New Ways of Looking at Learning

I recently watched a TedX talk on YouTube called “What Baby George Taught Me About Learning” (Wesch, 2016) as part of a cross-disciplines class I am taking about pedagogy. Pedagogy is an area that I only began to pay significant attention to recently and in which I am still forming my own foundational views. I found the video emotionally engaging and was encouraged by the speaker’s emphasis on asking and addressing such questions as “Who am I?”, “What am I going to do?”, “Am I going to make it?”, and how to “build a life worth living”. These are all questions that are also found and emphasized in my own discipline, counseling.

The class discussion that corresponded with the assignment of this video brought up some interesting ideas regarding learning and how we measure, and even police, that learning. We have found plentiful ways of keeping students accountable for what they are doing in their classes, but we may have lost some of the focus on growing, transforming, and becoming. As I am forming my perspective on pedagogy, I am increasingly coming to believe that these are an essential part of true learning.

I do, however, continue to feel conflicted on the topic. My personality tends toward structure, rule following, and the concrete. On the other hand my field (counseling) tends to place a much greater emphasis on growth, development, and “being” rather than doing. My hope is that these conflicting pulls in me will contribute to the development of a healthy and balanced view of learning that I am able to apply in the real world.

Reference

Wesch, Michael. (2016, April 15). What Baby George Taught Me About Learning [Video file]. Retrieved from https://www.youtube.com/watch?v=SP7dbl0rJS0&feature=youtu.be

6 Replies to “New Ways of Looking at Learning”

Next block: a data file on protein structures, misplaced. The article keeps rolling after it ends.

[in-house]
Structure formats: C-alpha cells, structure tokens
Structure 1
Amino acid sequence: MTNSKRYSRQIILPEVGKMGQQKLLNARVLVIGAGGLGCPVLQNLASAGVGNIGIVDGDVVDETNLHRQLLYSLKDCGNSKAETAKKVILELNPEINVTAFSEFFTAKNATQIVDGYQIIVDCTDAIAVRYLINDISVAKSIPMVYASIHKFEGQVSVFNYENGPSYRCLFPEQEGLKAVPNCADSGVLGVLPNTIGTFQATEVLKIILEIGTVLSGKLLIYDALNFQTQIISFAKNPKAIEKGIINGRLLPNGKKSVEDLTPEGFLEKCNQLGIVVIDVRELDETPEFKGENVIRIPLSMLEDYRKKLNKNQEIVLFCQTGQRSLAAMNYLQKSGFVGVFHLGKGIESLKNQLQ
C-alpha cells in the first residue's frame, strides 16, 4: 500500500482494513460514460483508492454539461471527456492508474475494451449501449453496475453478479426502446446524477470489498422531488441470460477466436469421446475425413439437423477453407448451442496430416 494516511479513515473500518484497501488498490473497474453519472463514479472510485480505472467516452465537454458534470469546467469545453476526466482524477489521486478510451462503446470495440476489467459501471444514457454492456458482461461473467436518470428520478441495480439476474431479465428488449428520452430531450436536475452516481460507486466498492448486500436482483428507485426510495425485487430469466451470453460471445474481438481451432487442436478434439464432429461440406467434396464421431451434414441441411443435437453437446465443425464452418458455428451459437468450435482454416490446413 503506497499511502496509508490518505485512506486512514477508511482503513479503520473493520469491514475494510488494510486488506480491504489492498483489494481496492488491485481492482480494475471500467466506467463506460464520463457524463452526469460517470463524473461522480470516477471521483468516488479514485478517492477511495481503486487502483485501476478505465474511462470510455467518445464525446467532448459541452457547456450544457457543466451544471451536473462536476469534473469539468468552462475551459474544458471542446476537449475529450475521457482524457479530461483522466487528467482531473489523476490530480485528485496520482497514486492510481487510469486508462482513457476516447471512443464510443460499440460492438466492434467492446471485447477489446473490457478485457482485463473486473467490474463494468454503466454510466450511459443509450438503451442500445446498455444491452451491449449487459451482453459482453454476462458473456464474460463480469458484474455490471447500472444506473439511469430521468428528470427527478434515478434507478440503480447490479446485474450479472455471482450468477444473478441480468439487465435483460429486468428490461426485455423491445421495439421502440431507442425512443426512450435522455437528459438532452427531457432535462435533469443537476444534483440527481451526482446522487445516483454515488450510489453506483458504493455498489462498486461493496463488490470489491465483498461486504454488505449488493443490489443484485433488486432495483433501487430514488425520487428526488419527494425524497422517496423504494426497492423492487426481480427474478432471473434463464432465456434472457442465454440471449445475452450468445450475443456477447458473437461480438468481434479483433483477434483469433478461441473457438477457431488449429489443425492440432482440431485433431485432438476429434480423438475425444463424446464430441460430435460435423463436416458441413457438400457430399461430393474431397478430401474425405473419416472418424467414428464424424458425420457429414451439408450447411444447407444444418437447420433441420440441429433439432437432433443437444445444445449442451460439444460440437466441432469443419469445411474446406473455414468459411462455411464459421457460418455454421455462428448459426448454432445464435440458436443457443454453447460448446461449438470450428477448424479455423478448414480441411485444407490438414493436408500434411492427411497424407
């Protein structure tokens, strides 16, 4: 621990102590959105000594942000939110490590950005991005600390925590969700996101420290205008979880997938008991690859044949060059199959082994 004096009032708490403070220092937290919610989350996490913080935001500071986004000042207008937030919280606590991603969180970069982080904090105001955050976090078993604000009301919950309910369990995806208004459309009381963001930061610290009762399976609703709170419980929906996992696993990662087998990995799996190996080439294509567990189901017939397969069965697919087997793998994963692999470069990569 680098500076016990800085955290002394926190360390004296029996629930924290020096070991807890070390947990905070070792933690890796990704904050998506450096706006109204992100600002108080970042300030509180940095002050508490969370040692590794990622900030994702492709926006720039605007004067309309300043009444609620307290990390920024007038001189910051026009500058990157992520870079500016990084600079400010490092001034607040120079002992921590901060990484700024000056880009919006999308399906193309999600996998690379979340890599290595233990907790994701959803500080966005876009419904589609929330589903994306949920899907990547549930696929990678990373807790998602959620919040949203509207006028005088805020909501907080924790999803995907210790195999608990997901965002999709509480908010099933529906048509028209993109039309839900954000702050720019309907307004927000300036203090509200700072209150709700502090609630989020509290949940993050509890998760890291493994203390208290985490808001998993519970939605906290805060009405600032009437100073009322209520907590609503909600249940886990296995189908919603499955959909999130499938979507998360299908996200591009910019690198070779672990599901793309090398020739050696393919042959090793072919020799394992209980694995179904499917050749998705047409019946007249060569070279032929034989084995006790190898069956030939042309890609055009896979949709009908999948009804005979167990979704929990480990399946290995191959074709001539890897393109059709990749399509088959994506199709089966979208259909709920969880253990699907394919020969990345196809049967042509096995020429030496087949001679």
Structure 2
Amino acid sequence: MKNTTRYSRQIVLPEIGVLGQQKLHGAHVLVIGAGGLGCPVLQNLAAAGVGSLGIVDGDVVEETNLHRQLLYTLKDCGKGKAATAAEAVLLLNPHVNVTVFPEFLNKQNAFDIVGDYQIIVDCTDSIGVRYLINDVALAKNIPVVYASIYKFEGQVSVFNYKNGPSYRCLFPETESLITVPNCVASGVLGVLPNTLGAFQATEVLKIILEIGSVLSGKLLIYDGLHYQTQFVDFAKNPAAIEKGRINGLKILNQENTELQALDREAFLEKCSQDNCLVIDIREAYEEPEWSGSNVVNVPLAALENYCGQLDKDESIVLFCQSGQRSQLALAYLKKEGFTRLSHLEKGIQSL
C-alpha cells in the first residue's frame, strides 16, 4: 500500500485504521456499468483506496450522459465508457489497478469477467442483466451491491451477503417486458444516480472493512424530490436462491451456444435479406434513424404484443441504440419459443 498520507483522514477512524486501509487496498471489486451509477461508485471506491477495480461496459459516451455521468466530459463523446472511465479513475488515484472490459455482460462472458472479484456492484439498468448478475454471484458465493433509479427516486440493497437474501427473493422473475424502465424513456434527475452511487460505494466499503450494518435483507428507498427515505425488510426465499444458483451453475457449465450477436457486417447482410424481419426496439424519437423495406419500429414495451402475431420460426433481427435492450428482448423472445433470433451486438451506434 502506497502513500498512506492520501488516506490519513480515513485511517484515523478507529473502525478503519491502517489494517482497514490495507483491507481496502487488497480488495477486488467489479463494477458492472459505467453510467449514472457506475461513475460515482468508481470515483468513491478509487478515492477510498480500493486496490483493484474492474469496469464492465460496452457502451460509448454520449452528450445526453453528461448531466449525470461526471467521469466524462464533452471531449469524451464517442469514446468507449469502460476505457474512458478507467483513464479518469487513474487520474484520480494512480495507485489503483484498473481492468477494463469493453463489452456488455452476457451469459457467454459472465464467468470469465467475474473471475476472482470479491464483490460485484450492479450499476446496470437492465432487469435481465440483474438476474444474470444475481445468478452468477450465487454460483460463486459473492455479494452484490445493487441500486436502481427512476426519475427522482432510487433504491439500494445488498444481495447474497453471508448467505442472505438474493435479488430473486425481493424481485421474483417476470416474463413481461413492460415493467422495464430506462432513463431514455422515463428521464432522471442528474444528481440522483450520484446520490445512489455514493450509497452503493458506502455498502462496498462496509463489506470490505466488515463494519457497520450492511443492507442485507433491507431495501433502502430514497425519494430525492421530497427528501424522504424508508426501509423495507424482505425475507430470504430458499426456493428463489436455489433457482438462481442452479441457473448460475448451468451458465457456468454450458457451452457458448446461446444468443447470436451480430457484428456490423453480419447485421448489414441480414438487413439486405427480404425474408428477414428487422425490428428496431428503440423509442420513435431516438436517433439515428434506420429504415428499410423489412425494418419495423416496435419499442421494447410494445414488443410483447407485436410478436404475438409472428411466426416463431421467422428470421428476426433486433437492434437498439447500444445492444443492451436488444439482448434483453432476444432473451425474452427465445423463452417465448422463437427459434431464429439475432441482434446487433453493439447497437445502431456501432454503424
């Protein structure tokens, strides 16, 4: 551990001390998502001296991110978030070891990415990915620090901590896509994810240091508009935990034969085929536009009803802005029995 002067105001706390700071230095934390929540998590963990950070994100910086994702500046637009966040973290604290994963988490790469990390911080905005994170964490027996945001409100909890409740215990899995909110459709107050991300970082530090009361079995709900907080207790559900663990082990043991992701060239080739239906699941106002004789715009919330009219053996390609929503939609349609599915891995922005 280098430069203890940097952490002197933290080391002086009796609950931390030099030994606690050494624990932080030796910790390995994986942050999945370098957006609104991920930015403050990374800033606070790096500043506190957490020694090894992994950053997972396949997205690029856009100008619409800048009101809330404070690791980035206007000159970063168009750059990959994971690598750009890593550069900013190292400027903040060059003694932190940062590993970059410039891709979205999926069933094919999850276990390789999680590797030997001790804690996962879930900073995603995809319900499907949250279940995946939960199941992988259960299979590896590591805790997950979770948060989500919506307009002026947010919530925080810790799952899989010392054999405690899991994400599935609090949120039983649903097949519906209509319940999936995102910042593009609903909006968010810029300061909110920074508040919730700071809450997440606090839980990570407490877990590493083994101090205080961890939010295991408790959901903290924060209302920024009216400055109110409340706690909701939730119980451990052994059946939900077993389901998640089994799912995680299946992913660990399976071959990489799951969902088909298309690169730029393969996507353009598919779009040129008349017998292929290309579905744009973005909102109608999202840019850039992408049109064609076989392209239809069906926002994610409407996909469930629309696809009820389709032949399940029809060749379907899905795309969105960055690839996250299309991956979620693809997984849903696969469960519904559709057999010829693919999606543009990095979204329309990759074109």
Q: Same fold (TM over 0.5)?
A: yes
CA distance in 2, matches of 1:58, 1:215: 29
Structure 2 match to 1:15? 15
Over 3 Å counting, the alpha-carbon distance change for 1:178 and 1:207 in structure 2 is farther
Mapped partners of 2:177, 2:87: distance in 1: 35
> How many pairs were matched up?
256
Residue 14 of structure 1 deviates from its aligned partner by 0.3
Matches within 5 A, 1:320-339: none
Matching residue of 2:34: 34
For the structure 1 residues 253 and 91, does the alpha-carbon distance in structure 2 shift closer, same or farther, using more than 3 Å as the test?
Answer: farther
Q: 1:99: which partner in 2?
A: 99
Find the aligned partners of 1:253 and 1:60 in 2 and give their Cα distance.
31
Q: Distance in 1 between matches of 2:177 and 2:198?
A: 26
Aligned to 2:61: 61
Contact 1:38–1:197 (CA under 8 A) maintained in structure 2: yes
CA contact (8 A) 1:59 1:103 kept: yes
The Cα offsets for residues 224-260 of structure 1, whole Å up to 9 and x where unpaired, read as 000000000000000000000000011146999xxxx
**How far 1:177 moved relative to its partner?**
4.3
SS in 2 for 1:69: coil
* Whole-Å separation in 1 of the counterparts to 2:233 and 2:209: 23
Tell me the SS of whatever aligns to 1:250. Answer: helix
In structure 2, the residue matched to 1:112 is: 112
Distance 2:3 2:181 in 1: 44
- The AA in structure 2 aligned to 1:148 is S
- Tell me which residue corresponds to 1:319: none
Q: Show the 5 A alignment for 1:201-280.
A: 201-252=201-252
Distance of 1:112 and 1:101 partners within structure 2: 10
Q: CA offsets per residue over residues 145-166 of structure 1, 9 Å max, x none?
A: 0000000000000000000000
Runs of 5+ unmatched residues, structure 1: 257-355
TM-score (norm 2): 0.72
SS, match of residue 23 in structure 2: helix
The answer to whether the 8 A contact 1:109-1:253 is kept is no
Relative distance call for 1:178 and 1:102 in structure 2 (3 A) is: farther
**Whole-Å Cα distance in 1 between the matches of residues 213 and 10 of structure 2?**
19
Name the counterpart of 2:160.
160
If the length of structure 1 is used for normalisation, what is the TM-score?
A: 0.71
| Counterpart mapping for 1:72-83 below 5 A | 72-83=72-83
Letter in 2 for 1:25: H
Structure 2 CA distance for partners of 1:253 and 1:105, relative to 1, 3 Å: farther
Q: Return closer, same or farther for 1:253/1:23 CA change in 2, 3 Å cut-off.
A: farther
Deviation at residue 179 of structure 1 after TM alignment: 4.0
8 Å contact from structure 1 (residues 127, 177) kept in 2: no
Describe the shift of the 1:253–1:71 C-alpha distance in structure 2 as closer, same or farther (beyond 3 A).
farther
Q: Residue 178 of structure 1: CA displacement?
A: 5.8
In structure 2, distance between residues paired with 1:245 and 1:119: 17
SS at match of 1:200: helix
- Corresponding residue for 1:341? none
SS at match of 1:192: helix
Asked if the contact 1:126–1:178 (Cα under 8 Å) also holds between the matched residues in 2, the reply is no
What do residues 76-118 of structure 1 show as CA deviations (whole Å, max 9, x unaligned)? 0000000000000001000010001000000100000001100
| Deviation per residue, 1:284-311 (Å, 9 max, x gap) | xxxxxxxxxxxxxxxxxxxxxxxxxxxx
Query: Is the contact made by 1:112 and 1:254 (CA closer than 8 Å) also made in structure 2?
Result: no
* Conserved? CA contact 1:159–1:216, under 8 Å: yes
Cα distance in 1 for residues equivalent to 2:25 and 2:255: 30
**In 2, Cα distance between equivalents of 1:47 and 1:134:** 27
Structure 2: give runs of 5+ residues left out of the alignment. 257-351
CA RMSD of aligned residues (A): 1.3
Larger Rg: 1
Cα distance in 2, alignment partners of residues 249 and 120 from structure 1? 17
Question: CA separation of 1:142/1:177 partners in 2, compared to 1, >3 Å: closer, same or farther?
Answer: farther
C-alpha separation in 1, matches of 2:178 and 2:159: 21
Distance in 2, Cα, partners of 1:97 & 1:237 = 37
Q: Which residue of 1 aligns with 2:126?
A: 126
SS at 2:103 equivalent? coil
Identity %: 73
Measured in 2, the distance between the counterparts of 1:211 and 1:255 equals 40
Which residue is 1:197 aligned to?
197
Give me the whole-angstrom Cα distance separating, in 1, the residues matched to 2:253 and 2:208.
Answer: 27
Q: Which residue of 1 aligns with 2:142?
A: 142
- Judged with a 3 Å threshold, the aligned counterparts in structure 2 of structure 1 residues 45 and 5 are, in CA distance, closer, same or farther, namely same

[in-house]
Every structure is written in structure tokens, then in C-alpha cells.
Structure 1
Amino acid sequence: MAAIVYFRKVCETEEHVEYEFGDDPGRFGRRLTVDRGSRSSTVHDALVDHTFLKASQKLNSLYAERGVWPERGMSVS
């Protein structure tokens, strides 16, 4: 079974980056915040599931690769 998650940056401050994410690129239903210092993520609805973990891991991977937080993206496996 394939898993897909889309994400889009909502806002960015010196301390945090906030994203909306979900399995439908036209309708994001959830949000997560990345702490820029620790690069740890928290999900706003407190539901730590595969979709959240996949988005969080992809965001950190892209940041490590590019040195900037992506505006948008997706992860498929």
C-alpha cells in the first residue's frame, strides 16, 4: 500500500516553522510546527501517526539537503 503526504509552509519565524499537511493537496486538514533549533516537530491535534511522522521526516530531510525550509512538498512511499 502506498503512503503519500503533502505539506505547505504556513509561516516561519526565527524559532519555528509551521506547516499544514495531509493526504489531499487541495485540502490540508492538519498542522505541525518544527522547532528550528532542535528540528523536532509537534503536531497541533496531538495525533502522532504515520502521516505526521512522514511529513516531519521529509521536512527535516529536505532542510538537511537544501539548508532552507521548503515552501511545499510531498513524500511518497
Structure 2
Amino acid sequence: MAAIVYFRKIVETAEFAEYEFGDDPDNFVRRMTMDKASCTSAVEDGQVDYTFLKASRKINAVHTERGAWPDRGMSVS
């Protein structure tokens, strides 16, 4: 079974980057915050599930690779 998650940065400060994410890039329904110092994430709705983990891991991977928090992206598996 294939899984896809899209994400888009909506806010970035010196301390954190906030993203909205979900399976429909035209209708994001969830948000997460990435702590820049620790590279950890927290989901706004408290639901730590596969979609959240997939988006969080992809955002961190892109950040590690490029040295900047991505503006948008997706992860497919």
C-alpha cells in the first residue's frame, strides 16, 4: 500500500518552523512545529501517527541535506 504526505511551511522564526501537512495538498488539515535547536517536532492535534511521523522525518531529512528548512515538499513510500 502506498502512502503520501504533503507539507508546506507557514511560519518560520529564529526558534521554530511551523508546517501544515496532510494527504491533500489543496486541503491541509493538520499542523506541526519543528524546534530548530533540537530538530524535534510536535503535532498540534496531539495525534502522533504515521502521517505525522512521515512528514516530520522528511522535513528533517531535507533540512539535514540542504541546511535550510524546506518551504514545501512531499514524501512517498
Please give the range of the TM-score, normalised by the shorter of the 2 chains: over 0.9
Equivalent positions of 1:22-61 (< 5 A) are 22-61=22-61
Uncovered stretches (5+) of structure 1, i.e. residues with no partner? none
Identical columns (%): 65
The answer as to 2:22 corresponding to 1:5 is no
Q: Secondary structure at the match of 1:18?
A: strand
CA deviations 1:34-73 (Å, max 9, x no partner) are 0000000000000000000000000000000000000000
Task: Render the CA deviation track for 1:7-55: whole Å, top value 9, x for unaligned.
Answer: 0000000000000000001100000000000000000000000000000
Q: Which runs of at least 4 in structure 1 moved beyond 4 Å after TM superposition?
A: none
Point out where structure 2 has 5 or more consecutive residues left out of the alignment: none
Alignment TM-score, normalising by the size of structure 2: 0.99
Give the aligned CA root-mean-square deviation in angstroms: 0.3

1. I watch the video too, and I agree with you Skinzie. Also, I think the learning is not just to be in a classroom as a traditional way with hardcopy materials or just networked it through the web and the social media, the learning should be through using educational theories and models to keep the class active, the learner engaged, and the learning useful.

    • Thanks for your comment! I definitely agree about the importance of keeping learners actively engaged! I also believe that this active engagement is an area that many of us are weak in creating. I hope that we are trending toward a greater level of skillfulness in this area.

  2. Hi,

    I think it’s wonderful that you are considering how different traits of your character would respond to the subjects of this course. That’s something I’ve never done at the beginning of my classes! What contemporary pedagogy can offer is a little bit of tinkering with the definitions of achievement and success. And as you point out, maybe shifting the attention a little bit away from how students are doing in tests to what they are doing for their life.

    • Arash,
      Thanks for your comment! I am excited to explore new angles of looking at education and learning and, as you mention, new definitions to words that I have used with a certain set of connotations in the past!

  3. I really enjoyed the aspects you brought up about focusing on growing, transforming, and becoming. It reminded me of a quote by Viola Spolin (the mother of Theatre Improvisation) that “we learn through experiences and experiencing, and no one teaches anyone anything.” I often find myself asking what is the culture we can adopt in our classrooms that can foster these traits.

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